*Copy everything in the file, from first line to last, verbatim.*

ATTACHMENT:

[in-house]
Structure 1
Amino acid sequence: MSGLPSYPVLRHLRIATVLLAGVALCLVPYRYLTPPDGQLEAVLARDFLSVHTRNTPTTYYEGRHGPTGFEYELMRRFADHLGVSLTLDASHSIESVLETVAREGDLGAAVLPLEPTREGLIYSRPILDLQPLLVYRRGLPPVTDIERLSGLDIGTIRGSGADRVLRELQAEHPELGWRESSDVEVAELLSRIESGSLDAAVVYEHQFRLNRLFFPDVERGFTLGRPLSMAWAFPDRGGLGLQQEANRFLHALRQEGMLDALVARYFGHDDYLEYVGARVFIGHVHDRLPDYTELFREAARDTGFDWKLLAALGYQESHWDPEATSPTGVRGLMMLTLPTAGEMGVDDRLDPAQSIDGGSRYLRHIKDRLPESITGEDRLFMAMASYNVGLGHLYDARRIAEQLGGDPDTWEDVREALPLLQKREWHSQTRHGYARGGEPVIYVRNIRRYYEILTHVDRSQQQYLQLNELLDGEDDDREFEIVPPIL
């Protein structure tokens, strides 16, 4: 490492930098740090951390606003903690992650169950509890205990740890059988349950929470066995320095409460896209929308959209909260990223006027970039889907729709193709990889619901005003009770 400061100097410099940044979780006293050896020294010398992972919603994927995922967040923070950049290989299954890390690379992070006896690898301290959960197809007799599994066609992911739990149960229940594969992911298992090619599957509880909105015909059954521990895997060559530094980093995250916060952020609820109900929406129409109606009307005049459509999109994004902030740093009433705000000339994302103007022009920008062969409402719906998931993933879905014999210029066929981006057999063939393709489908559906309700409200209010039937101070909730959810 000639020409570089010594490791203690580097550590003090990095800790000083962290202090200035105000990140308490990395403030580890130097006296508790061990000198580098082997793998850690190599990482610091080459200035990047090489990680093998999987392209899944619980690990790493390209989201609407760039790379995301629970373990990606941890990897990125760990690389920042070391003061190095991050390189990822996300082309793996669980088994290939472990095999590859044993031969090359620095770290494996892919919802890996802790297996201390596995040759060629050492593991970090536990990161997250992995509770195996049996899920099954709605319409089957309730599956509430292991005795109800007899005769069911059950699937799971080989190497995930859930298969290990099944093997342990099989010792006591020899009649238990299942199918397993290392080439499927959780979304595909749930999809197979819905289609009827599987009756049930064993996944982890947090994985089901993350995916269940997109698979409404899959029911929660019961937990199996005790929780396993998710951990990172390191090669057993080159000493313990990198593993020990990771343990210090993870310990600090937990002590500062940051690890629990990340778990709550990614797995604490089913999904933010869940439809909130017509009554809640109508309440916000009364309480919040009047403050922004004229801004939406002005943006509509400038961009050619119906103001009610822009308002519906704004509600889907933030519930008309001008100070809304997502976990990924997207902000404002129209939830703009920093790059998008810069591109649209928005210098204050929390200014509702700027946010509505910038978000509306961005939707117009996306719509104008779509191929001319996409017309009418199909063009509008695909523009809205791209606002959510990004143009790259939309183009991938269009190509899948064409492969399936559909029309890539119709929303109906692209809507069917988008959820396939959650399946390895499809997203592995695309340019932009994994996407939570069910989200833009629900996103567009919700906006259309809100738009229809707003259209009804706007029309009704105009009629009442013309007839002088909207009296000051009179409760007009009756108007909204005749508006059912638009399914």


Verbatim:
[in-house]
Structure 1
Amino acid sequence: MSGLPSYPVLRHLRIATVLLAGVALCLVPYRYLTPPDGQLEAVLARDFLSVHTRNTPTTYYEGRHGPTGFEYELMRRFADHLGVSLTLDASHSIESVLETVAREGDLGAAVLPLEPTREGLIYSRPILDLQPLLVYRRGLPPVTDIERLSGLDIGTIRGSGADRVLRELQAEHPELGWRESSDVEVAELLSRIESGSLDAAVVYEHQFRLNRLFFPDVERGFTLGRPLSMAWAFPDRGGLGLQQEANRFLHALRQEGMLDALVARYFGHDDYLEYVGARVFIGHVHDRLPDYTELFREAARDTGFDWKLLAALGYQESHWDPEATSPTGVRGLMMLTLPTAGEMGVDDRLDPAQSIDGGSRYLRHIKDRLPESITGEDRLFMAMASYNVGLGHLYDARRIAEQLGGDPDTWEDVREALPLLQKREWHSQTRHGYARGGEPVIYVRNIRRYYEILTHVDRSQQQYLQLNELLDGEDDDREFEIVPPIL
């Protein structure tokens, strides 16, 4: 490492930098740090951390606003903690992650169950509890205990740890059988349950929470066995320095409460896209929308959209909260990223006027970039889907729709193709990889619901005003009770 400061100097410099940044979780006293050896020294010398992972919603994927995922967040923070950049290989299954890390690379992070006896690898301290959960197809007799599994066609992911739990149960229940594969992911298992090619599957509880909105015909059954521990895997060559530094980093995250916060952020609820109900929406129409109606009307005049459509999109994004902030740093009433705000000339994302103007022009920008062969409402719906998931993933879905014999210029066929981006057999063939393709489908559906309700409200209010039937101070909730959810 000639020409570089010594490791203690580097550590003090990095800790000083962290202090200035105000990140308490990395403030580890130097006296508790061990000198580098082997793998850690190599990482610091080459200035990047090489990680093998999987392209899944619980690990790493390209989201609407760039790379995301629970373990990606941890990897990125760990690389920042070391003061190095991050390189990822996300082309793996669980088994290939472990095999590859044993031969090359620095770290494996892919919802890996802790297996201390596995040759060629050492593991970090536990990161997250992995509770195996049996899920099954709605319409089957309730599956509430292991005795109800007899005769069911059950699937799971080989190497995930859930298969290990099944093997342990099989010792006591020899009649238990299942199918397993290392080439499927959780979304595909749930999809197979819905289609009827599987009756049930064993996944982890947090994985089901993350995916269940997109698979409404899959029911929660019961937990199996005790929780396993998710951990990172390191090669057993080159000493313990990198593993020990990771343990210090993870310990600090937990002590500062940051690890629990990340778990709550990614797995604490089913999904933010869940439809909130017509009554809640109508309440916000009364309480919040009047403050922004004229801004939406002005943006509509400038961009050619119906103001009610822009308002519906704004509600889907933030519930008309001008100070809304997502976990990924997207902000404002129209939830703009920093790059998008810069591109649209928005210098204050929390200014509702700027946010509505910038978000509306961005939707117009996306719509104008779509191929001319996409017309009418199909063009509008695909523009809205791209606002959510990004143009790259939309183009991938269009190509899948064409492969399936559909029309890539119709929303109906692209809507069917988008959820396939959650399946390895499809997203592995695309340019932009994994996407939570069910989200833009629900996103567009919700906006259309809100738009229809707003259209009804706007029309009704105009009629009442013309007839002088909207009296000051009179409760007009009756108007909204005749508006059912638009399914």